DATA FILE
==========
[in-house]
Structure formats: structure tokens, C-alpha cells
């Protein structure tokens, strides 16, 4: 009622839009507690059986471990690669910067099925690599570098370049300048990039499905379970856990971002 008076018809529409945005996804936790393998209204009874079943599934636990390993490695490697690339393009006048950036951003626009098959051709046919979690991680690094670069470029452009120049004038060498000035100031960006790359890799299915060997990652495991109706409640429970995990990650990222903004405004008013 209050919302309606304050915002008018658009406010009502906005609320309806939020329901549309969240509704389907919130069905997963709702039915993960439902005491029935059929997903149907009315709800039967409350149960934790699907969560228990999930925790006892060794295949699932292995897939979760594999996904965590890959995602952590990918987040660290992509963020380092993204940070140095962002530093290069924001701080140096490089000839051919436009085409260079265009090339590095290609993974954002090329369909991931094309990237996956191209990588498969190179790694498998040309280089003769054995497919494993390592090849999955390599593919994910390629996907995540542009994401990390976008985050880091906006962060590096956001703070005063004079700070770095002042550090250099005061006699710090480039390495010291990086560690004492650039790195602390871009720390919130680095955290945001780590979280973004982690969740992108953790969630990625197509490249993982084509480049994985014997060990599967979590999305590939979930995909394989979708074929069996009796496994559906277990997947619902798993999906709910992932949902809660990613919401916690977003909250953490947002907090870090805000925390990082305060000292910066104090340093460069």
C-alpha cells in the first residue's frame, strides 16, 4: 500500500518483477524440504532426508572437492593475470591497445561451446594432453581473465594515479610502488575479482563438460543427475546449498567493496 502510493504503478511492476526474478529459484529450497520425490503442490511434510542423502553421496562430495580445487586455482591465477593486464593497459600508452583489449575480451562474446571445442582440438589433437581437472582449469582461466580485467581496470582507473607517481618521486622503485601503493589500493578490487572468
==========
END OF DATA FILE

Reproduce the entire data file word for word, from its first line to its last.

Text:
[in-house]
Structure formats: structure tokens, C-alpha cells
């Protein structure tokens, strides 16, 4: 009622839009507690059986471990690669910067099925690599570098370049300048990039499905379970856990971002 008076018809529409945005996804936790393998209204009874079943599934636990390993490695490697690339393009006048950036951003626009098959051709046919979690991680690094670069470029452009120049004038060498000035100031960006790359890799299915060997990652495991109706409640429970995990990650990222903004405004008013 209050919302309606304050915002008018658009406010009502906005609320309806939020329901549309969240509704389907919130069905997963709702039915993960439902005491029935059929997903149907009315709800039967409350149960934790699907969560228990999930925790006892060794295949699932292995897939979760594999996904965590890959995602952590990918987040660290992509963020380092993204940070140095962002530093290069924001701080140096490089000839051919436009085409260079265009090339590095290609993974954002090329369909991931094309990237996956191209990588498969190179790694498998040309280089003769054995497919494993390592090849999955390599593919994910390629996907995540542009994401990390976008985050880091906006962060590096956001703070005063004079700070770095002042550090250099005061006699710090480039390495010291990086560690004492650039790195602390871009720390919130680095955290945001780590979280973004982690969740992108953790969630990625197509490249993982084509480049994985014997060990599967979590999305590939979930995909394989979708074929069996009796496994559906277990997947619902798993999906709910992932949902809660990613919401916690977003909250953490947002907090870090805000925390990082305060000292910066104090340093460069």
C-alpha cells in the first residue's frame, strides 16, 4: 500500500518483477524440504532426508572437492593475470591497445561451446594432453581473465594515479610502488575479482563438460543427475546449498567493496 502510493504503478511492476526474478529459484529450497520425490503442490511434510542423502553421496562430495580445487586455482591465477593486464593497459600508452583489449575480451562474446571445442582440438589433437581437472582449469582461466580485467581496470582507473607517481618521486622503485601503493589500493578490487572468